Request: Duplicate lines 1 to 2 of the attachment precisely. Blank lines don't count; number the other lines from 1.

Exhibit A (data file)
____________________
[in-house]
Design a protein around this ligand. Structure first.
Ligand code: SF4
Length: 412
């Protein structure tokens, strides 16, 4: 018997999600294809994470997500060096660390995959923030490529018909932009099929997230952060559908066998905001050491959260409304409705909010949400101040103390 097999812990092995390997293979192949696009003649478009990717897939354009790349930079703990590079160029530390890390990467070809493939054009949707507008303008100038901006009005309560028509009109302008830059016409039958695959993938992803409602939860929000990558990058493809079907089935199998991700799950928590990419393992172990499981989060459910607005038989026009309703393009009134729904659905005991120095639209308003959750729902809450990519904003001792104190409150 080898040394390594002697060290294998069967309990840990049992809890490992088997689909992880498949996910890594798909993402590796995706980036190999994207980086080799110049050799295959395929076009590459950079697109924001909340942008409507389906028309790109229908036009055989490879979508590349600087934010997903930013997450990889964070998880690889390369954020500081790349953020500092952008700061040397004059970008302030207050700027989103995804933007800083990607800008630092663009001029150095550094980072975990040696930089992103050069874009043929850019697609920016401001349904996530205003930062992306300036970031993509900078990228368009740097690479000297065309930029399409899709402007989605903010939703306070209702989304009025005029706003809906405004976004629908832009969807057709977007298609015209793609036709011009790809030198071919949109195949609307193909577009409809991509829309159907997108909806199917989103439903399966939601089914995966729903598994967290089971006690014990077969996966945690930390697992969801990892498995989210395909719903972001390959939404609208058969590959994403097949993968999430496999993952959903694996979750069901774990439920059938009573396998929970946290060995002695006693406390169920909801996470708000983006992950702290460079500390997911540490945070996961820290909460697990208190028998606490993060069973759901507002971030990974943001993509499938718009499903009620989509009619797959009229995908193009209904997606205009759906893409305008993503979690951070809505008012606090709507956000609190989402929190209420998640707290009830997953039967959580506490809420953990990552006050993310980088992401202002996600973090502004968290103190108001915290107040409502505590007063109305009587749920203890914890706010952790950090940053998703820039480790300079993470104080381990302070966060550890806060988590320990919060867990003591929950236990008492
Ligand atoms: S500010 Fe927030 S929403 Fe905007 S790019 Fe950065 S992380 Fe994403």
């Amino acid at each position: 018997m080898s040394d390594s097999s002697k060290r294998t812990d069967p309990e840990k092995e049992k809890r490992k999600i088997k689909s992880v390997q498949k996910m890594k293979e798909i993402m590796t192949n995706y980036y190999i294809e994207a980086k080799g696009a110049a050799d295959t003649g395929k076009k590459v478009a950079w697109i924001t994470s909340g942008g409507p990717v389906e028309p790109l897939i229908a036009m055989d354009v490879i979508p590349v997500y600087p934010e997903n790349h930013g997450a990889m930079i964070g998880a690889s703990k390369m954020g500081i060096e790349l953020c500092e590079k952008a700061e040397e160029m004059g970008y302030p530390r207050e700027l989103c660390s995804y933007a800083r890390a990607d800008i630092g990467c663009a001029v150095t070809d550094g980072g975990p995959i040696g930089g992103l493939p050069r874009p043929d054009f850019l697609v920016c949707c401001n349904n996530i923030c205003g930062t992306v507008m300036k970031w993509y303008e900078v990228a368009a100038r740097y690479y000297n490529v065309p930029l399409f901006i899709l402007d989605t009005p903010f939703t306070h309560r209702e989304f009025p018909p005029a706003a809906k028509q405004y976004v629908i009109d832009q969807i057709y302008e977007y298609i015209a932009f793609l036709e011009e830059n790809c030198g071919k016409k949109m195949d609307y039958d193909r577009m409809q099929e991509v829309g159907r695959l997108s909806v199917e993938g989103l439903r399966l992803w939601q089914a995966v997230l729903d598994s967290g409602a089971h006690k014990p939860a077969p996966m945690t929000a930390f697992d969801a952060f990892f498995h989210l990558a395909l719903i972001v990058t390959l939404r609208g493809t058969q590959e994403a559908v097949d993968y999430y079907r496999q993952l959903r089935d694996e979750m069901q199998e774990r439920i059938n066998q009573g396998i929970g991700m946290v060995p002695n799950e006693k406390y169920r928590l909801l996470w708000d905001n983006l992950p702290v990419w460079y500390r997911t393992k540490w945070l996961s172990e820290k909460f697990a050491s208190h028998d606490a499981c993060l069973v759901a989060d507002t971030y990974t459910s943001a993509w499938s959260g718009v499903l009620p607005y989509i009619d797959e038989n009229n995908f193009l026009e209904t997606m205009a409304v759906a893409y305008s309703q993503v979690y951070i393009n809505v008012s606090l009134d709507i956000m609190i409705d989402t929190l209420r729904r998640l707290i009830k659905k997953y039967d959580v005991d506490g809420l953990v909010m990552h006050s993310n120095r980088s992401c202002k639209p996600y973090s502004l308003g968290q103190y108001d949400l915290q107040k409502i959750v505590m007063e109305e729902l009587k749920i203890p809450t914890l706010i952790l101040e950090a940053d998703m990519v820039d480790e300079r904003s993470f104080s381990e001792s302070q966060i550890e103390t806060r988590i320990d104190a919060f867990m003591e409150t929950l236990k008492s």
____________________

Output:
[in-house]
Design a protein around this ligand. Structure first.